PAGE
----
Bold move by CBS Interactive

The CBS Interactive decision this week to join other major publishers in refusing to take ads from most third-party ad networks is one of the biggest stories of the year, because of the cascading effect that, I believe, will follow. Other major publishers, like ESPN, Turner, Gawker, Conde Nast, Martha Stewart, and Forbes, have done likewise, so what’s up? Even CBS admits it’ll cost them income in the short term, but something much bigger is at stake.

ESPN started all this in the late Spring of 2008, and CBS quickly followed with its sports properties. Here’s what I said at the time, and it’s still appropriate.

What most people don’t understand is that the hidden value of an ad served on any website is the cookie data from the users who visit that site. In my opinion, this data belongs to the media company, not the network serving the ads, and more and more media companies are beginning to see it this way. The problem is that media companies have no way of monetizing that data absent running their own ad networks, and this is one of the big reasons you’re seeing this taking place.

Ad networks use the cookie data to target ads elsewhere, so it has a real dollar value. The question is whether the money the media company receives for exposing ads to its audience is sufficient to include the value of that cookie data. Clearly, ESPN and CBS don’t believe it is.

Publicly, CBS Interactive is saying that third-party ad networks lower the value of their ad impressions, and that’s certainly true. In the aggregate, though, they make a lot of money from these networks, and CBS will lose that in the beginning. The network is creating its own ad server, something called “Madison,” so they’ll clearly be in the ad serving business. And given the number of properties they own (, Gamespot, and CNET, plus their O&Os), it will be a big one.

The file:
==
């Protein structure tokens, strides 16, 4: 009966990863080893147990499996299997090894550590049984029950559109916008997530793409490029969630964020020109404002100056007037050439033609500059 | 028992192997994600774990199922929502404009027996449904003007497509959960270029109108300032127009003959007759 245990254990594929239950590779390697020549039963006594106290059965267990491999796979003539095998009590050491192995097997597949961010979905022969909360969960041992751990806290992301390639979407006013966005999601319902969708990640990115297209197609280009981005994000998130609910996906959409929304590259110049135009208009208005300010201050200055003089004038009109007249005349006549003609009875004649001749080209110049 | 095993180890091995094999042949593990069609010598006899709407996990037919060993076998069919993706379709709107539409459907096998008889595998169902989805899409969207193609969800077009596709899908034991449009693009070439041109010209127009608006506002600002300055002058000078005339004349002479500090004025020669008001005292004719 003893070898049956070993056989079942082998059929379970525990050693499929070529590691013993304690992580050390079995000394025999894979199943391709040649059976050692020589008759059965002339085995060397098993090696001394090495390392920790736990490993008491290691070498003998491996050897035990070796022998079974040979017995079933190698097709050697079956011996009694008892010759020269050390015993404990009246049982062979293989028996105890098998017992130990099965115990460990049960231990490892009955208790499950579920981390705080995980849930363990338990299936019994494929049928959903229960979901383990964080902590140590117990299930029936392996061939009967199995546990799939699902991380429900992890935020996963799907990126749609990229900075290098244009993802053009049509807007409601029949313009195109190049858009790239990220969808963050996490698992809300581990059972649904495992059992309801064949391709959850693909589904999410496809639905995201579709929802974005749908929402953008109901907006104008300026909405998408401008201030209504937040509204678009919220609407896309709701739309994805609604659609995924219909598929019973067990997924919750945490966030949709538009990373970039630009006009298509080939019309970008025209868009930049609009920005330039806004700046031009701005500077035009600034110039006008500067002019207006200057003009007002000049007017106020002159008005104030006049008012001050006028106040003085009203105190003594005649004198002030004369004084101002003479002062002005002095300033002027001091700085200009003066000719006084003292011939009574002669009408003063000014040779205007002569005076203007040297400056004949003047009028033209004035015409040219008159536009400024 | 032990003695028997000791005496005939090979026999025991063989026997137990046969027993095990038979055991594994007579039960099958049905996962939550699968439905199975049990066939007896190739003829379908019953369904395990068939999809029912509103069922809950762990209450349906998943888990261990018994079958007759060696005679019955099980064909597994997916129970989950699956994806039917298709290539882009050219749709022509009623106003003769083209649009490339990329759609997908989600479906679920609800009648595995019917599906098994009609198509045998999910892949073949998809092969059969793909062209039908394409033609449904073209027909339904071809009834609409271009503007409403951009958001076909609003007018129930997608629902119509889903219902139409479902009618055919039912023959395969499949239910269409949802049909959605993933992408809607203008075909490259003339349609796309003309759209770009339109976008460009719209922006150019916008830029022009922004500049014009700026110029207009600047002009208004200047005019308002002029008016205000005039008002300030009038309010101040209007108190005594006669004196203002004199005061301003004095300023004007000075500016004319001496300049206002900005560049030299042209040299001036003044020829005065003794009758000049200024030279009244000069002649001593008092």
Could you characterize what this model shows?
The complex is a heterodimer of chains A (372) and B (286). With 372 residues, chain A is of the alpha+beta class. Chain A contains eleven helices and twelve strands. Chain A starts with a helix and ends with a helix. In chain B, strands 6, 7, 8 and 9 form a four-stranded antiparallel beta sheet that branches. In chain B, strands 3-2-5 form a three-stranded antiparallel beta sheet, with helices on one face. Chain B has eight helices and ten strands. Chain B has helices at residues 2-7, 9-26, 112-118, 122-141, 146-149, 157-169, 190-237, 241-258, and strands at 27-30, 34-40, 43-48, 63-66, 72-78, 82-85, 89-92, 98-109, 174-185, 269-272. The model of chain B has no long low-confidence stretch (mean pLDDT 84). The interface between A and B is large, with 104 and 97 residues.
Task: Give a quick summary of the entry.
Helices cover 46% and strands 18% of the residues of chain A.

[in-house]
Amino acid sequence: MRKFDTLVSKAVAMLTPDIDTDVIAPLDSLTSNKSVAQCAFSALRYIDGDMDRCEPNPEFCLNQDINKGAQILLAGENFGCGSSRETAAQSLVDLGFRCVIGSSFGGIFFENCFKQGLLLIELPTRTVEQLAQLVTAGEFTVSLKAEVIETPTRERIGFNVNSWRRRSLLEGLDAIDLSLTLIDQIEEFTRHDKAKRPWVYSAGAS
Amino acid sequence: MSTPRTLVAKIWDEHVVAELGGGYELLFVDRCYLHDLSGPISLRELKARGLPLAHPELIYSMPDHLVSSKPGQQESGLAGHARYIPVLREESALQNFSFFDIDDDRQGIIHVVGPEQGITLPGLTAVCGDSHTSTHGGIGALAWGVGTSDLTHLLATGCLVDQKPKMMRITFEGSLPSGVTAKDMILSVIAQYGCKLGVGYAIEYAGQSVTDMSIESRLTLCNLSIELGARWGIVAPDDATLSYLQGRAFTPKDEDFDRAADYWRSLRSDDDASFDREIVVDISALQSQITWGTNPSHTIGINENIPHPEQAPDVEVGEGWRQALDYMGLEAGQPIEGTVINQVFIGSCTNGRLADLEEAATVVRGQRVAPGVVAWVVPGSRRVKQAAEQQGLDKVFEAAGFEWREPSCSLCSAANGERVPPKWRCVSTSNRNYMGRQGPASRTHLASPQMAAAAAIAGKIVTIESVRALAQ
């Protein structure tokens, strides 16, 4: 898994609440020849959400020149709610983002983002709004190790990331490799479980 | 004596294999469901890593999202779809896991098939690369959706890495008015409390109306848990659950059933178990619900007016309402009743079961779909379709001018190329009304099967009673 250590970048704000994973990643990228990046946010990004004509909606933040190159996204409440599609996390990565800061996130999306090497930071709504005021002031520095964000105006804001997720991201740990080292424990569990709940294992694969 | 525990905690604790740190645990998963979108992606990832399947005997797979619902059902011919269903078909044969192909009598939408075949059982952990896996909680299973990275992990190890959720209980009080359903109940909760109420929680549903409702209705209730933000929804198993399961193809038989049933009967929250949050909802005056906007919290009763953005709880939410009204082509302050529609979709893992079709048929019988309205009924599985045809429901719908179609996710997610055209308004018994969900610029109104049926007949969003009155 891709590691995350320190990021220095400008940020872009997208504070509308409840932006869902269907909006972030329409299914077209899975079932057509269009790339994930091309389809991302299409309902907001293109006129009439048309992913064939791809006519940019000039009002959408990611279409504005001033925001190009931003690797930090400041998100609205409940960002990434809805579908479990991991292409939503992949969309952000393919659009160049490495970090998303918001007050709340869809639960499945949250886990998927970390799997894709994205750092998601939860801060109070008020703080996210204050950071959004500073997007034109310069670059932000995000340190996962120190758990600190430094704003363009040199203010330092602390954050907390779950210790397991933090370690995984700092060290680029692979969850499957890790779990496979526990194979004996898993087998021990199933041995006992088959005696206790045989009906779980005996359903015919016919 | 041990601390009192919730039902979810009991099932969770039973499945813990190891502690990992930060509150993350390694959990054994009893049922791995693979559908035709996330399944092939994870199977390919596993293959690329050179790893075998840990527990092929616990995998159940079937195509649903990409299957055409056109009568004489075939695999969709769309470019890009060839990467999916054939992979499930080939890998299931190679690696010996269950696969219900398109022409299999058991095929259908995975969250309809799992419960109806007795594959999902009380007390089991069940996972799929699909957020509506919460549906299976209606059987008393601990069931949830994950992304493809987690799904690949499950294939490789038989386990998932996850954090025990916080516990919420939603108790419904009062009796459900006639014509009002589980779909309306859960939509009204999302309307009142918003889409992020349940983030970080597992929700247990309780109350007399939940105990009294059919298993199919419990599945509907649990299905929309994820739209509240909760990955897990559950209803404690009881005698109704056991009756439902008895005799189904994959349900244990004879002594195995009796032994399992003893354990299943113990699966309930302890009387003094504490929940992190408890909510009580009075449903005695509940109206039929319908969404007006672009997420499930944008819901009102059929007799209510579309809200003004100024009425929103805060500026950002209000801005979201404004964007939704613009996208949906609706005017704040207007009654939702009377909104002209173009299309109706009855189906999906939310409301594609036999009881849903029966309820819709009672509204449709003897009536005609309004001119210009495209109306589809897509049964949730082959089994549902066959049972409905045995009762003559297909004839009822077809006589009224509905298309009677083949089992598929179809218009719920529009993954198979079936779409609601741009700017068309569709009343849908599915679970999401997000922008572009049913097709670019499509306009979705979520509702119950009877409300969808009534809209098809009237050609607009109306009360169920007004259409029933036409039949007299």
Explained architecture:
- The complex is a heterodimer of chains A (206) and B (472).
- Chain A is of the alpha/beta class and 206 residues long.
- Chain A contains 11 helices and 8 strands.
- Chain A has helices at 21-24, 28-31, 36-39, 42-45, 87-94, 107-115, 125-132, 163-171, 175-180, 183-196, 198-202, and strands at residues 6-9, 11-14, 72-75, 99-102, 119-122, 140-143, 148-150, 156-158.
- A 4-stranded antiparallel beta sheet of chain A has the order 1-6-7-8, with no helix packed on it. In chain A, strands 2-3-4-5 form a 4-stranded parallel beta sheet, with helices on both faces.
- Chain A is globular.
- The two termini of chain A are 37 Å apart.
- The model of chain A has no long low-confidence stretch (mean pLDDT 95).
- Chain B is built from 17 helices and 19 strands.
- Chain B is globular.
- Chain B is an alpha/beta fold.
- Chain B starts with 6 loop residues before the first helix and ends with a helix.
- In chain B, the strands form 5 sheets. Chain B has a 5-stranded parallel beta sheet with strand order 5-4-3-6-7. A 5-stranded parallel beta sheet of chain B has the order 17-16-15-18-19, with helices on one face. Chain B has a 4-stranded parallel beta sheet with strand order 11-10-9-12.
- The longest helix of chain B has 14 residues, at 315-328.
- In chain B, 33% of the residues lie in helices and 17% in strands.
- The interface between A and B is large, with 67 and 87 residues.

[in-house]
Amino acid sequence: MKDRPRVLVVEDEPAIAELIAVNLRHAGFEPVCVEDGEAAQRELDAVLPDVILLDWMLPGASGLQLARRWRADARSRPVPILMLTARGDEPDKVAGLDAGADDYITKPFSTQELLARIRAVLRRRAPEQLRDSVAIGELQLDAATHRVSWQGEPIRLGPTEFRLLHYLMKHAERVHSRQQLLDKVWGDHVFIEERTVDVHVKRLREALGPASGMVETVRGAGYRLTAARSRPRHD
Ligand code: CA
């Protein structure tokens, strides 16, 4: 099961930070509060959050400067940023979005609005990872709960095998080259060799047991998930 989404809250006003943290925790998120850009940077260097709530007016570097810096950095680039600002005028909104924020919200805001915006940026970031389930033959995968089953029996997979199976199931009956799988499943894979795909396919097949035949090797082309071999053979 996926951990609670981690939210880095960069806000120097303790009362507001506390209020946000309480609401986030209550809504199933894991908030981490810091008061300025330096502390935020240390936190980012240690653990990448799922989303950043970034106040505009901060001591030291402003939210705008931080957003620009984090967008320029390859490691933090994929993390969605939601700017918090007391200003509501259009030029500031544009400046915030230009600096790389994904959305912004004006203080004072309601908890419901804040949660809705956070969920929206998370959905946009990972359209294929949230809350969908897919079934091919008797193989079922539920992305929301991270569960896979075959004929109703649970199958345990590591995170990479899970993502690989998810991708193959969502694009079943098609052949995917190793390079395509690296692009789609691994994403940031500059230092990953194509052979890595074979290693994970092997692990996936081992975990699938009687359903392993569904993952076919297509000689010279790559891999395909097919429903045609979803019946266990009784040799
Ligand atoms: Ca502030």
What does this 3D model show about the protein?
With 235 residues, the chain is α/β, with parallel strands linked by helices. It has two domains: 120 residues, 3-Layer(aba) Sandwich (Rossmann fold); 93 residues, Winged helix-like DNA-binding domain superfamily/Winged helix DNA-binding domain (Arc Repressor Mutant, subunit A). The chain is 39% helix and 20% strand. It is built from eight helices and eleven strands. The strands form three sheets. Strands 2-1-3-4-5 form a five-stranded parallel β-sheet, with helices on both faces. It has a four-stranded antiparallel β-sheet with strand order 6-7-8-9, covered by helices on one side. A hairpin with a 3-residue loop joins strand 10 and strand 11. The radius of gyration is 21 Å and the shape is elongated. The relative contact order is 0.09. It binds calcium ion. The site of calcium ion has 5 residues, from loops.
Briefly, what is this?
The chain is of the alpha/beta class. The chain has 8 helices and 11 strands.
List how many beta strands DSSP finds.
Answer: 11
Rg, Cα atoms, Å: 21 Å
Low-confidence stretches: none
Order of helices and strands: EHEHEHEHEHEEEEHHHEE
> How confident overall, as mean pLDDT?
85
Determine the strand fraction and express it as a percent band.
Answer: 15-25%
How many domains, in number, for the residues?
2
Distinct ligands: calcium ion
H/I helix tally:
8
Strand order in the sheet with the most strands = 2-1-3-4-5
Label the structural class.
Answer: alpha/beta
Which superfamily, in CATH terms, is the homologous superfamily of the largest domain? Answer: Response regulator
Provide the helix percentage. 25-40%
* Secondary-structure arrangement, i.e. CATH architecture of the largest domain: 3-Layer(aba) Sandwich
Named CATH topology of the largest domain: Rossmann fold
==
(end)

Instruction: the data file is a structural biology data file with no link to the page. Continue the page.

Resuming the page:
Jarvis Coffin, CEO of Burst Media (a third-party ad network) wrote that CBS Interactive needs to exercise care in potentially creating its own monster.

If the same discounted opportunities continue to exist through Madison then CBS Interactive will start fighting with itself instead of third-party networks. In the final analysis it doesn’t matter who sells it; it matters only what it sells for. So they should proceed carefully, because internal fights are far more destructive to a host than fights with third-parties.

CBS Interactive CEO Neil Ashe told Advertising Age that Madison will offer advertisers audiences based on demographics or behavior. Behavior is the big word there, and that requires data, data that those who don’t serve their own ads just don’t have. Note the key word in this statement by Ashe:

“What we are careful not do is open our inventory to third parties that may have data interests not aligned with our own,” Mr. Ashe said.

Third-party ad networks steal data and then use it to serve ads to audiences apart from the original properties from which the data was obtained. Therefore, it’s possible for one of the big ad networks to capture user data from and then serve ads to those people away from, so what’s the point of advertisers paying any sort of premium to This is the big controversy that’s unfolding in stories like this.

What will happen next will raise the price of online advertising, simply because advertisers and agencies will have to deal with so many more networks. Efficiences go down; ad prices go up. I think this is good and healthy for the industry, and I’m convinced that this will be the big theme for media companies in 2010. Serve your own ads and get into the data business. It is and will be your entry into the back end reality that is the Web. More importantly, it’s the path to real profit.

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